Last But Not Least - May 2012
A hard place
By Lisa Robinson
I am between a rock and a hard, hard place. That would be between my mother and
my family. Some would say those of us rearing children and taking care of our
ailing parents are of the sandwich generation. A sandwich would be much easier
For the past 15 years or so, my mother has had a number of medical problems
that my brothers and I have been trying to help her manage. But the hard truth
is, a mother wants her daughter to tend to many of
those issues. And so I have taken her to a countless number of doctors’
appointments and emergency room visits, endured calls in the middle of the
night, the middle of my workday, and dealt with much more.
The other day my youngest, 13-year-old Grace, reminded
me that she spent most of fifth grade at the hospital. That’s because
I had to drag her and her sister with me to sit
with my mother, to talk to her doctors, and do countless other things while she
was in the hospital. It wasn’t fair. I know.
But they were good about giving Grammy back rubs and helping her eat and making
her laugh. Still, I know it was not the place for kids. But it has helped them
develop empathy—I hope.
My mother, Ida Robinson, taught school in Baltimore City for 42 years. In my
travels I always meet men and women who ask about her, telling me she was their
teacher and how much they loved her. For more than 30 years, she taught at
Grove Park Elementary School. Our house was next to the school, and her
students would meet her there, carry her bags
and books and walk her to her classroom and back again at the end of the day. The
school even named a hallway after her.
She is and has been one of the most loving mothers a child could want. I
find her at age 77 to be hilariously demanding. She blows up my cell phone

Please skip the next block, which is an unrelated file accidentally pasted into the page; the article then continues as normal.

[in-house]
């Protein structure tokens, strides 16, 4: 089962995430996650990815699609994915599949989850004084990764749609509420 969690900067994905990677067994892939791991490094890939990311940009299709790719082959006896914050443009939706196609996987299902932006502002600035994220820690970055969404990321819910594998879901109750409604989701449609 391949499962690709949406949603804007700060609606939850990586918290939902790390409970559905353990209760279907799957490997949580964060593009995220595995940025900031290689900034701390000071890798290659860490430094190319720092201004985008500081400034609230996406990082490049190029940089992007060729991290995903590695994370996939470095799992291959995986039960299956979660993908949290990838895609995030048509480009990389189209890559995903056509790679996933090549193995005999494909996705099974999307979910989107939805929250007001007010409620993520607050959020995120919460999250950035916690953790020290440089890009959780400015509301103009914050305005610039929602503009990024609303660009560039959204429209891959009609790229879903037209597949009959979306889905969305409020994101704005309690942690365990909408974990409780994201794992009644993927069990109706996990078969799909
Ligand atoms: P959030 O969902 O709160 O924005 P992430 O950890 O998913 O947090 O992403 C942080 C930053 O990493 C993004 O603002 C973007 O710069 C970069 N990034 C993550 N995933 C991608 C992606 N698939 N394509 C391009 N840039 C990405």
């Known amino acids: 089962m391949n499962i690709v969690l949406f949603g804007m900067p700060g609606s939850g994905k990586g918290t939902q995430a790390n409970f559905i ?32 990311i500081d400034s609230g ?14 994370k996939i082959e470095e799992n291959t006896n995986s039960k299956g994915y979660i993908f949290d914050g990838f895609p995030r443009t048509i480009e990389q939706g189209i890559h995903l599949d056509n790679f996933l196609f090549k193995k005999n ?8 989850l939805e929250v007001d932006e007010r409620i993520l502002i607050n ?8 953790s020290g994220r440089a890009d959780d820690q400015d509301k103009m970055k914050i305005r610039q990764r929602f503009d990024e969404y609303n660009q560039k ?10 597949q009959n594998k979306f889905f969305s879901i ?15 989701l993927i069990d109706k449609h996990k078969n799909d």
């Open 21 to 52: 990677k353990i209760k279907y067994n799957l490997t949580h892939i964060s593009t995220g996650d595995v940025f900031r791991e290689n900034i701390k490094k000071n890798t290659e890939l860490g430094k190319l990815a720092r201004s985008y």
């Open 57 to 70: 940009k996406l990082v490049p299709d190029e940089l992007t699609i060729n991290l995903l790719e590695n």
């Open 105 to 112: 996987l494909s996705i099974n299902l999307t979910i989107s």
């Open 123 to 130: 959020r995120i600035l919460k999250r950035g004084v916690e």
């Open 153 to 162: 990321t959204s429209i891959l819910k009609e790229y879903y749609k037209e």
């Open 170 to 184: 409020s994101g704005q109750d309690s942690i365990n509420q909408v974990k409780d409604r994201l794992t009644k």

constantly with messages. “Lisa, call me.” “Lisa, can you come over and take
the chicken out of the freezer?” “Lisa, it’s just me. How is Grace?” “Lisa,
there is nothing in the fridge.” “Lisa, can you go to the store for me?” “Lisa
can you make me beans today?” “Lisa, I don’t feel well, call me.” “Lisa, I have
to go to the eye doctor next week, can you take me?” “Lisa, can you get my bank
statement?” “Lisa, I would like to go to the hairdresser.” “Lisa, do you need
anything?” That’s the one that will make you melt, because my mother will do
anything for her children.
And so I pick her up and take her where she needs to go. Going up and down the
eight steps of her house is no easy task. She likes to go up saying, “One, two,
three,” and then have me give her a push so she can take a step. It makes her
feel more secure going up those steps. How I wish for her to have an easier
time—to not struggle. But making our parents see they need change at
times is not easy.
Juggling it all is so difficult. I see my co-workers and friends struggle with
these same issues, too. But those who have lost their parents are always
reminding me that it could be worse, saying they wish they had them with them
still. And they will say to me, “One day you will wish she was calling you to
bug you about what’s in the freezer.”
I have watched my mother be so strong, stronger than I could ever
be—enduring operation after operation, so much pain, and pulling through
it all, because she wants to live another day to see her children do great
things and her grandchildren do even greater things. She will not sign a living
she says, even if she somehow ends up in a
coma, they might find a cure.
Oh, she is a piece of work.
But my mother...if you knew her, you would love her.
So I have to find a way to move that rock every now and then and get out of
that hard place. All I can say to all of you dealing with a similar situation
is to do like my mom and I do and take it one step at a time. One, two,
three—and eventually we will get through it.
Hug your mother really close this Mother’s Day! BC
My mother passed away the day after I wrote this. I truly miss that she is no
longer blowing up my phone, that one, two, three won’t happen again, and that I
won’t get to cook her another meal, take her to another doctor, or just give
her a kiss on her forehead. Ida Robinson, 1934-2012. She was a fighter and a
Lisa Robinson is a news anchor for
© Baltimore’s Child Inc. May 2012